Colorado has been described as a classic purple state, but in many ways it’s more like two states, one red and one blue, fighting to occupy — and dominate — the same territory.
That is where the 51st state movement comes in. Eleven rural counties, upset over a growing divide with the Democrat-dominated state government on guns, energy and social issues, are asking voters on the Nov. 5 ballot whether their elected officials should pursue the creation of another state carved from northern Colorado.
It sounds radical, but then again, there is nothing ordinary about the political climate in Colorado. The historic Sept. 10 recall election that brought down two Democratic state senators was only the latest salvo in the ongoing trench war between liberals in the Denver-Boulder corridor and conservatives in the rest of the state.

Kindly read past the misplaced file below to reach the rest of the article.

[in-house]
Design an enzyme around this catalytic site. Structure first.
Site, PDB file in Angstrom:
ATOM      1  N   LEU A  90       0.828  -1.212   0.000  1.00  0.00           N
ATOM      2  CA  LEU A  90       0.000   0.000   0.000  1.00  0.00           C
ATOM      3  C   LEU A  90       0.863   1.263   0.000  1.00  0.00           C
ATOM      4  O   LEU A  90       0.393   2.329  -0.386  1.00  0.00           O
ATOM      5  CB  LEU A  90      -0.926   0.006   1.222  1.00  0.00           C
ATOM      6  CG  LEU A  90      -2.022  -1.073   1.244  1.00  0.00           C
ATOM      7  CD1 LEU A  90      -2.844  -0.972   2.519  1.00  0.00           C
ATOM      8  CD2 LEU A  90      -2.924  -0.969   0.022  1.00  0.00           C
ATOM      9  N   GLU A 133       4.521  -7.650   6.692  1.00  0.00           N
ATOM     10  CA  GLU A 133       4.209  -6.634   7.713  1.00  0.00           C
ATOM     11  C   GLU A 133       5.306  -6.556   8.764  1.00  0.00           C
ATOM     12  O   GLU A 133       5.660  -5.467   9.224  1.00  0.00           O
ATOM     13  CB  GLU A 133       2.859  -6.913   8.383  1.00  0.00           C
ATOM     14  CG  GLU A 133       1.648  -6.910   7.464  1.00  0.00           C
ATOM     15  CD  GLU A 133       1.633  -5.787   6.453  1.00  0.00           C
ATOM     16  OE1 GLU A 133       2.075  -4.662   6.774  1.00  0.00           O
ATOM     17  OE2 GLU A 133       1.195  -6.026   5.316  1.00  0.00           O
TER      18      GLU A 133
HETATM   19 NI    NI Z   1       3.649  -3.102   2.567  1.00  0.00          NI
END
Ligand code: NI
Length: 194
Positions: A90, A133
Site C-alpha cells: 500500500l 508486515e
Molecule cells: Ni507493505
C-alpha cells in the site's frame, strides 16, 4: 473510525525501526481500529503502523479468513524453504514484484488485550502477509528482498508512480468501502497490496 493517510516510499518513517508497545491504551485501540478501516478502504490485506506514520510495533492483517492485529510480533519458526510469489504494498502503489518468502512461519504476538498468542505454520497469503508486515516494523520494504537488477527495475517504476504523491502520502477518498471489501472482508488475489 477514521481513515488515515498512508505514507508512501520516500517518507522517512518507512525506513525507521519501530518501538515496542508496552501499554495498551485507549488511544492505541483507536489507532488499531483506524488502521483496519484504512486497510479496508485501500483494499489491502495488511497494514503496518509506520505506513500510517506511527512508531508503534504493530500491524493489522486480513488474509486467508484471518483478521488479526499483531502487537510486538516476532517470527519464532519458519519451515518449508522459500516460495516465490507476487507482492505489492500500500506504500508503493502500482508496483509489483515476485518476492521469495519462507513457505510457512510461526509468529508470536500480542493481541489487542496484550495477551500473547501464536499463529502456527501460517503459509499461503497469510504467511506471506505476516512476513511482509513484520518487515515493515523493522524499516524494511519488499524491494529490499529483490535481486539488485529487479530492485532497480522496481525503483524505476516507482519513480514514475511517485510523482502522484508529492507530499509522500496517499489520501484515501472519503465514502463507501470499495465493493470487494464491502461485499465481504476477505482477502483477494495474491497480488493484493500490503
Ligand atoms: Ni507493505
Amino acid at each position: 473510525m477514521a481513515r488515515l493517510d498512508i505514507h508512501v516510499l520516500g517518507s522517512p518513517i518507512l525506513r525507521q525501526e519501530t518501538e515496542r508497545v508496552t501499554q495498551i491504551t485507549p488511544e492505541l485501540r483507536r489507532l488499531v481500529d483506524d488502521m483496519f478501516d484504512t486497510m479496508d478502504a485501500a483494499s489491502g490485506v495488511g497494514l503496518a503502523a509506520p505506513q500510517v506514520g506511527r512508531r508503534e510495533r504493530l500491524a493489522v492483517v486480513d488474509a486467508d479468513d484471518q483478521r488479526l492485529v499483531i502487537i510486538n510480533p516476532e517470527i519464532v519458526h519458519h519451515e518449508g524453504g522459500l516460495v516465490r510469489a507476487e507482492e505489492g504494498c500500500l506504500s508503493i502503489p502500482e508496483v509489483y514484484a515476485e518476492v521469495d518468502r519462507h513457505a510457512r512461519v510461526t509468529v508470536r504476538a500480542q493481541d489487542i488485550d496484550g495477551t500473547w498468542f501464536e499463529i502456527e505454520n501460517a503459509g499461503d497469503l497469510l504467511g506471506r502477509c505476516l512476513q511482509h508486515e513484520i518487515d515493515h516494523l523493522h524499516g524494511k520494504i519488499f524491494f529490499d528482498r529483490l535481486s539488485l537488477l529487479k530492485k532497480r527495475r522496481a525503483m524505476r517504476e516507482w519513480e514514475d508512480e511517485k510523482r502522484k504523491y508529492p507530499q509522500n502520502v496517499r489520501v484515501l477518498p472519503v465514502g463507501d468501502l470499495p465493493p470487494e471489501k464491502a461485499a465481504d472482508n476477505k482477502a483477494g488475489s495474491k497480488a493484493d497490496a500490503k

“The polarization in this state is more pronounced than we’ve ever seen it,” said Dick Wadhams, political strategist and former chairman of the Colorado Republican Party.
For proof, look no further than the Nov. 5 nonbinding ballot question. At the same time 11 counties are weighing the secession question, four liberal-minded municipalities are considering whether to place a moratorium on hydraulic fracturing, also known as fracking.